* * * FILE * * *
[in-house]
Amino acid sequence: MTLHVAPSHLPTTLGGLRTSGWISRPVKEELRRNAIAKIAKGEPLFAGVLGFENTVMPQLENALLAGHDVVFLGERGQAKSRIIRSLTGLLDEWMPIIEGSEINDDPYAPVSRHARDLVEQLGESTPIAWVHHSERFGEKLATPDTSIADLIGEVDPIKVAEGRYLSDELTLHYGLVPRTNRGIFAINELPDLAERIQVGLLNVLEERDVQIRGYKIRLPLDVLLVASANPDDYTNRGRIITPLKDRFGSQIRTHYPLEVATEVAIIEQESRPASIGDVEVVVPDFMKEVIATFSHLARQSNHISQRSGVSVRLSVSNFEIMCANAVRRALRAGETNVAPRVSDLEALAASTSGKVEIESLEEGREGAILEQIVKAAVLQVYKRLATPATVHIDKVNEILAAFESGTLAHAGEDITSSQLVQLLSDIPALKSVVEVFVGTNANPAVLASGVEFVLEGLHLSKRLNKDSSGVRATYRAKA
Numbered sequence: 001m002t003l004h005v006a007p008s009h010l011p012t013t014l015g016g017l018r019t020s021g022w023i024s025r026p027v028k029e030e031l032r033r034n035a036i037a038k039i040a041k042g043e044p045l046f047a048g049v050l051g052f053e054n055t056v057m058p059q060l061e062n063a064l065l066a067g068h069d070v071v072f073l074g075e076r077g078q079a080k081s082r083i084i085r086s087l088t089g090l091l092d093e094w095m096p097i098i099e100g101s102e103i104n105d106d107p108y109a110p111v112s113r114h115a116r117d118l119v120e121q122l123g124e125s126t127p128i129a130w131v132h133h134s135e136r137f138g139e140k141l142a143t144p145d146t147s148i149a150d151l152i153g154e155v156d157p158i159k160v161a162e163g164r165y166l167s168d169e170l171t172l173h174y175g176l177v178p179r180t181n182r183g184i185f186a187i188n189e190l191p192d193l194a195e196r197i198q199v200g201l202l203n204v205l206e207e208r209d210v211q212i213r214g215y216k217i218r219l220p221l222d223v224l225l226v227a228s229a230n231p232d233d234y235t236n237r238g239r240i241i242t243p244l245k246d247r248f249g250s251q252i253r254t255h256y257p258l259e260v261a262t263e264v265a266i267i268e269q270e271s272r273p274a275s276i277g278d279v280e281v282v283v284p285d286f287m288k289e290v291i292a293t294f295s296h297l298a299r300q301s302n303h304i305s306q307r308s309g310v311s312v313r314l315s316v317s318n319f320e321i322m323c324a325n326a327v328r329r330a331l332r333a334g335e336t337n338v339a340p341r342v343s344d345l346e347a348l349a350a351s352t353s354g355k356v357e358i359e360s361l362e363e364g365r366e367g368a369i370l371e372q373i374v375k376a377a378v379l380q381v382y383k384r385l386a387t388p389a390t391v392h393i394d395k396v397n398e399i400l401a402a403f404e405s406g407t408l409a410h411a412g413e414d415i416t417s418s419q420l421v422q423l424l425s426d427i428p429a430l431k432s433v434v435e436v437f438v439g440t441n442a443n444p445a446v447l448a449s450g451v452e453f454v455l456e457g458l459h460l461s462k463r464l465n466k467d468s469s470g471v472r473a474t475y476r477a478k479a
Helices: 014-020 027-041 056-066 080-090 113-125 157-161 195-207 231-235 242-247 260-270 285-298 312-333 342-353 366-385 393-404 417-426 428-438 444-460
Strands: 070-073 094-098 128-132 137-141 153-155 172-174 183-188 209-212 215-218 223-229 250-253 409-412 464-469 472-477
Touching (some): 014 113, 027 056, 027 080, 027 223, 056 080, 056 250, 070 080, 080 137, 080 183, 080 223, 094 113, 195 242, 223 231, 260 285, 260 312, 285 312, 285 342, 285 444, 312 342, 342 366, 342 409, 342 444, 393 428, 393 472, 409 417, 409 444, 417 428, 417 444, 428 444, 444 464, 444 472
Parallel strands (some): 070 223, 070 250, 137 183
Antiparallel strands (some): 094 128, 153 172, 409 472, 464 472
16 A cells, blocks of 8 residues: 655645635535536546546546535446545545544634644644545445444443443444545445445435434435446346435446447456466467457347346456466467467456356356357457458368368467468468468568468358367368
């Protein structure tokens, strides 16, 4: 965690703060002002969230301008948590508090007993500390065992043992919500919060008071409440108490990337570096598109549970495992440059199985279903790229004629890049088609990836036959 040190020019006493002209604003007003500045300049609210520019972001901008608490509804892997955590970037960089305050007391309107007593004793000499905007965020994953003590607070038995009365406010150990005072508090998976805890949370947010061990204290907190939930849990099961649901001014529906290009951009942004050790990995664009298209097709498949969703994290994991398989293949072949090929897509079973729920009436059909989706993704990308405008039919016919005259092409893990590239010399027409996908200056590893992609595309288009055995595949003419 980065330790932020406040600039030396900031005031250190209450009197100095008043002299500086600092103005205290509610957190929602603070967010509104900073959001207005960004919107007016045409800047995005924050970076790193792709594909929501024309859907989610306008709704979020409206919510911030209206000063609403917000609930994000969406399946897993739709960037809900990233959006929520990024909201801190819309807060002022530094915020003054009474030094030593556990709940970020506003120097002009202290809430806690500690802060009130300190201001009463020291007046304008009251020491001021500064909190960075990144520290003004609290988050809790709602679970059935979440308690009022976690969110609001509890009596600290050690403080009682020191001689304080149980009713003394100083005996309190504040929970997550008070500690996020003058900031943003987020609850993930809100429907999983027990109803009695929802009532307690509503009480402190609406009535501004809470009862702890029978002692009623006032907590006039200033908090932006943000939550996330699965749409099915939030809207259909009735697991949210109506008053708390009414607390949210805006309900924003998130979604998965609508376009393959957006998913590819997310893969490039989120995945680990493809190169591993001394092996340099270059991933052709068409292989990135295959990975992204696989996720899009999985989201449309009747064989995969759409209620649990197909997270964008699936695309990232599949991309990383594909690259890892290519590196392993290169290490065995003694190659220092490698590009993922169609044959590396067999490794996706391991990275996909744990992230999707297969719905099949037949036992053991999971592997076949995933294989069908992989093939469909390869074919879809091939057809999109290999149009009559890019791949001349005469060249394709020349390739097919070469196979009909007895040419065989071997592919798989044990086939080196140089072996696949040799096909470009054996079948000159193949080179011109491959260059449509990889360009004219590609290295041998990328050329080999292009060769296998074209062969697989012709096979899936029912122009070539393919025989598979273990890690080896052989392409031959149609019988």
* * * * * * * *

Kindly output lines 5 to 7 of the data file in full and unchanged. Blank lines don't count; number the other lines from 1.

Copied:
Strands: 070-073 094-098 128-132 137-141 153-155 172-174 183-188 209-212 215-218 223-229 250-253 409-412 464-469 472-477
Touching (some): 014 113, 027 056, 027 080, 027 223, 056 080, 056 250, 070 080, 080 137, 080 183, 080 223, 094 113, 195 242, 223 231, 260 285, 260 312, 285 312, 285 342, 285 444, 312 342, 342 366, 342 409, 342 444, 393 428, 393 472, 409 417, 409 444, 417 428, 417 444, 428 444, 444 464, 444 472
Parallel strands (some): 070 223, 070 250, 137 183